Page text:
The health benefits of pet ownership are well-documented, including reduced stress, lowered blood pressure and increased self-esteem. Richard Peterson, Vice President of Education for Kiddie Academy (www.KiddieAcademy.com), a national educational child care provider, offers a new perspective — a dog can serve as a living, breathing teaching tool.
“Living with a dog can be extremely beneficial for children’s educational development. In fact, many classrooms include visits from Reading Education Assistance Dogs or therapy dogs to help us teach lessons about community helpers, character education and literacy.”
Kiddie Academy’s Richard Peterson offers five lessons children can learn from the family pooch:
Learning how to properly sequence is an important literacy skill children need to practice in order to master reading comprehension. Dog ownership offers real world examples. For instance, to take the dog for a walk, I first need to be properly dressed, summon the dog, clip on the leash and walk outside. Parents can reinforce the lesson of sequencing by talking about what happens should you miss a step in the process – i.e., if the dog’s not on a leash before you leave the house, she may run outside and be hurt.
Cause and Effect:
Understanding why things happen the way they do is a life skill every child develops over time. Analysis of cause and effect relationships is a task a child will practice throughout school (and life). Pets offer daily demonstrations of cause and effect in action. For example, I forgot to pick up my toy and as a result, the dog chewed it up.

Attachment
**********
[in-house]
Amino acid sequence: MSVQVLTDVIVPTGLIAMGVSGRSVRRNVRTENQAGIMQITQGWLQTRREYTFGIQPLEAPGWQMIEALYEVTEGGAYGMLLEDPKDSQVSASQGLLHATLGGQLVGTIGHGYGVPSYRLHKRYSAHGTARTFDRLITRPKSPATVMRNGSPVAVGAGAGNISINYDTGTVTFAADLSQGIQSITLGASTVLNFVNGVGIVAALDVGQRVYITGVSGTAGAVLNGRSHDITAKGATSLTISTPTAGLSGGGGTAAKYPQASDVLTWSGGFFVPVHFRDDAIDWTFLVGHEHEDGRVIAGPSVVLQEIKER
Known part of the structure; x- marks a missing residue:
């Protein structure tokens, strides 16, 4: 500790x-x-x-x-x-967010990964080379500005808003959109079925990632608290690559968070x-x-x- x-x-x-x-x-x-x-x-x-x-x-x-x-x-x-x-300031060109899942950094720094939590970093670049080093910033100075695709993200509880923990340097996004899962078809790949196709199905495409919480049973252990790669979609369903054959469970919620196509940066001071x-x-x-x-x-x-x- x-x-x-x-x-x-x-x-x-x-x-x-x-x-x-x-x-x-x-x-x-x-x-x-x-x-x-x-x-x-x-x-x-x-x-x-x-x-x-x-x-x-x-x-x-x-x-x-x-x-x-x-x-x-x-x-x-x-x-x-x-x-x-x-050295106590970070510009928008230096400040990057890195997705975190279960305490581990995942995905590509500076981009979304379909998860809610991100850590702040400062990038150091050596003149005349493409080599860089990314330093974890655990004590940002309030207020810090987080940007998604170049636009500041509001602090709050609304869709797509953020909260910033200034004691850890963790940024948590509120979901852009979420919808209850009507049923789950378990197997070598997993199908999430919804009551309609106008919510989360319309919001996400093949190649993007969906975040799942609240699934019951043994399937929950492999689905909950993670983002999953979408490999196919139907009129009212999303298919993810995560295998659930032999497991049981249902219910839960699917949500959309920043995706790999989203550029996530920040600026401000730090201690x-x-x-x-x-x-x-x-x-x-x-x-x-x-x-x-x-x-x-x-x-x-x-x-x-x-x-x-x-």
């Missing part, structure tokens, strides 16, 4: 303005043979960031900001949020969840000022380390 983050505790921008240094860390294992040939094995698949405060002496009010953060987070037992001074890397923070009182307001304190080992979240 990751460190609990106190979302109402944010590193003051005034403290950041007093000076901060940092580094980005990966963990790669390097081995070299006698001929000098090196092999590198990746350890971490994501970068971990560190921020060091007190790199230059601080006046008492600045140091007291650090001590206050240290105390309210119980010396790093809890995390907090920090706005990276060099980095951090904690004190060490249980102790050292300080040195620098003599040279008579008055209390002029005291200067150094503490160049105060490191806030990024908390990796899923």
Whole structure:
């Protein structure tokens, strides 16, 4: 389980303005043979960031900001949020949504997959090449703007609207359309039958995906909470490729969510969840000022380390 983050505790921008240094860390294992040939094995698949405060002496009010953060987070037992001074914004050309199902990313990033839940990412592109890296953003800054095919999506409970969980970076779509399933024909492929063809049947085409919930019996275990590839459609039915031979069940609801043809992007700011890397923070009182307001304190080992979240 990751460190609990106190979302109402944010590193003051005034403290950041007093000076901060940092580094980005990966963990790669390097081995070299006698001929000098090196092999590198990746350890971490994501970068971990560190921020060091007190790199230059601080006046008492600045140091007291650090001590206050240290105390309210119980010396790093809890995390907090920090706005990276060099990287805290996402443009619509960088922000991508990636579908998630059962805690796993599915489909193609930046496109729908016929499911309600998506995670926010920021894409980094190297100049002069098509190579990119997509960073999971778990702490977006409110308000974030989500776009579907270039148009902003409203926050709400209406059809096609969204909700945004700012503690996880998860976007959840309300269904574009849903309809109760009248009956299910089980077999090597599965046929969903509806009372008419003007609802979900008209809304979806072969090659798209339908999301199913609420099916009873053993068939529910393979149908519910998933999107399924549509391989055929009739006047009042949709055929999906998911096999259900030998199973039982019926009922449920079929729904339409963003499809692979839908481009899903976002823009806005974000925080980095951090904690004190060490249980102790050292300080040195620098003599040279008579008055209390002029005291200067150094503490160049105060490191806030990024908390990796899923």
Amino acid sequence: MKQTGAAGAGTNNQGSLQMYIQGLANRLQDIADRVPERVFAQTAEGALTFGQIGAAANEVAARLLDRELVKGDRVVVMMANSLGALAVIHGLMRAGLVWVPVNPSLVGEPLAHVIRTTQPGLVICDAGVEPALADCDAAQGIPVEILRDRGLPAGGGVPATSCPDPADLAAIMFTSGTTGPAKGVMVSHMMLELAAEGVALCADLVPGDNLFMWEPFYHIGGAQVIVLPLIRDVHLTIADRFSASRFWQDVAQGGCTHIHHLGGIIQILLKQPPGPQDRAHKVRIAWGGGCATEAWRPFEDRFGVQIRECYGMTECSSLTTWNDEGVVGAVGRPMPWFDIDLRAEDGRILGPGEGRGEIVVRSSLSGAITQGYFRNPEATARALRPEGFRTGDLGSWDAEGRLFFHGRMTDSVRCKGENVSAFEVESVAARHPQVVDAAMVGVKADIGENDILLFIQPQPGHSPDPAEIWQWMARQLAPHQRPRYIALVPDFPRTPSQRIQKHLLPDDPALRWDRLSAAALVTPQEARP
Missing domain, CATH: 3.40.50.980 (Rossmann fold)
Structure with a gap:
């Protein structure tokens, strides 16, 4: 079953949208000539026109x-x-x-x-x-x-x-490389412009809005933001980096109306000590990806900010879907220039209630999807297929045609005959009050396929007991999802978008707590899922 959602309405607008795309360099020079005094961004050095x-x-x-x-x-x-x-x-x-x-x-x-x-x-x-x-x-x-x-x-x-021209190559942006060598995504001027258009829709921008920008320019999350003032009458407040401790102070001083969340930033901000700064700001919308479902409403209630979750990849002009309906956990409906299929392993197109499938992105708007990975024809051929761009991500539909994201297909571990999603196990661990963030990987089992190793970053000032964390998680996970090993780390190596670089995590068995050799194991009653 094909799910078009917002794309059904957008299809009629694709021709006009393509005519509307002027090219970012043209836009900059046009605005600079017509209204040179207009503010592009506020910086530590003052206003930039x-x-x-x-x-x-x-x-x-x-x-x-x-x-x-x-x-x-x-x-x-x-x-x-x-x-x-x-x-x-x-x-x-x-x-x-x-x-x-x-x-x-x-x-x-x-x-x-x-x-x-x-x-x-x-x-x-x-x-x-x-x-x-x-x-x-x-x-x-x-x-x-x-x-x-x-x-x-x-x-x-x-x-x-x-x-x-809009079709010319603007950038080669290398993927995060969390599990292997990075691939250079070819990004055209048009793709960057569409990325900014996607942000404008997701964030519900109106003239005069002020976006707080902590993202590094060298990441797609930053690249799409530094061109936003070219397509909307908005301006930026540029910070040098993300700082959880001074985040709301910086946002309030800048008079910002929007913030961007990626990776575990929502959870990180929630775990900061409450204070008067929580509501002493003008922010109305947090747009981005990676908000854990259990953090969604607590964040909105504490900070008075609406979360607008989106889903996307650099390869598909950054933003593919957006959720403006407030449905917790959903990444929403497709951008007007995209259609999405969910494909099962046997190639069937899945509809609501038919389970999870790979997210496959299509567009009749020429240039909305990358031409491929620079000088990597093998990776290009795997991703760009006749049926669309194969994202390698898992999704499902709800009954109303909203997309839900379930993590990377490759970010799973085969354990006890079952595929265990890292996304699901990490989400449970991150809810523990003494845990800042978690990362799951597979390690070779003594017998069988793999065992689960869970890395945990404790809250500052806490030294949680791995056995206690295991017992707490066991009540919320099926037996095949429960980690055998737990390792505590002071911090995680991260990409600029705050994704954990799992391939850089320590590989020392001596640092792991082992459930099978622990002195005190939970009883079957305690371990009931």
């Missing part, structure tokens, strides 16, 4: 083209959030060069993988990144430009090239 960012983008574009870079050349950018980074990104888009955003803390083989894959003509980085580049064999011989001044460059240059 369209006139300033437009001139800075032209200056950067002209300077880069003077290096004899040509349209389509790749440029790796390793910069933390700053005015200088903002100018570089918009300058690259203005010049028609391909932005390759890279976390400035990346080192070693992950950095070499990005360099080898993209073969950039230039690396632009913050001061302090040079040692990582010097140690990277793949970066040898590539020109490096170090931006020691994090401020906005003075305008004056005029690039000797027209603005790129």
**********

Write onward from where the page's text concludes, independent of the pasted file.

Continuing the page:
Dogs excel at teaching the character trait of empathy. Pets often sense our moods, and offer a soothing presence in times of stress – making them great role models for children. Point out these canine behaviors to your child, and encourage them to think and talk about how they can incorporate them into their own lives.
Math and Science:
A family dog is a four-legged science experiment! Whether you explore together how wild animals became domesticated, or the non verbal communication skills they employ, your pet can provide countless science lessons. And something as simple as measuring the proper amount of food to give is an everyday application of math principles.
By design, dogs pay close attention and learn about their environment in order to survive. Listening and following directions is also important for school success. Children can test the application of listening skills by teaching simple commands to a dog, such as sit and stay. Fido also makes the perfect audience to keep a child’s secrets and listen to their stories.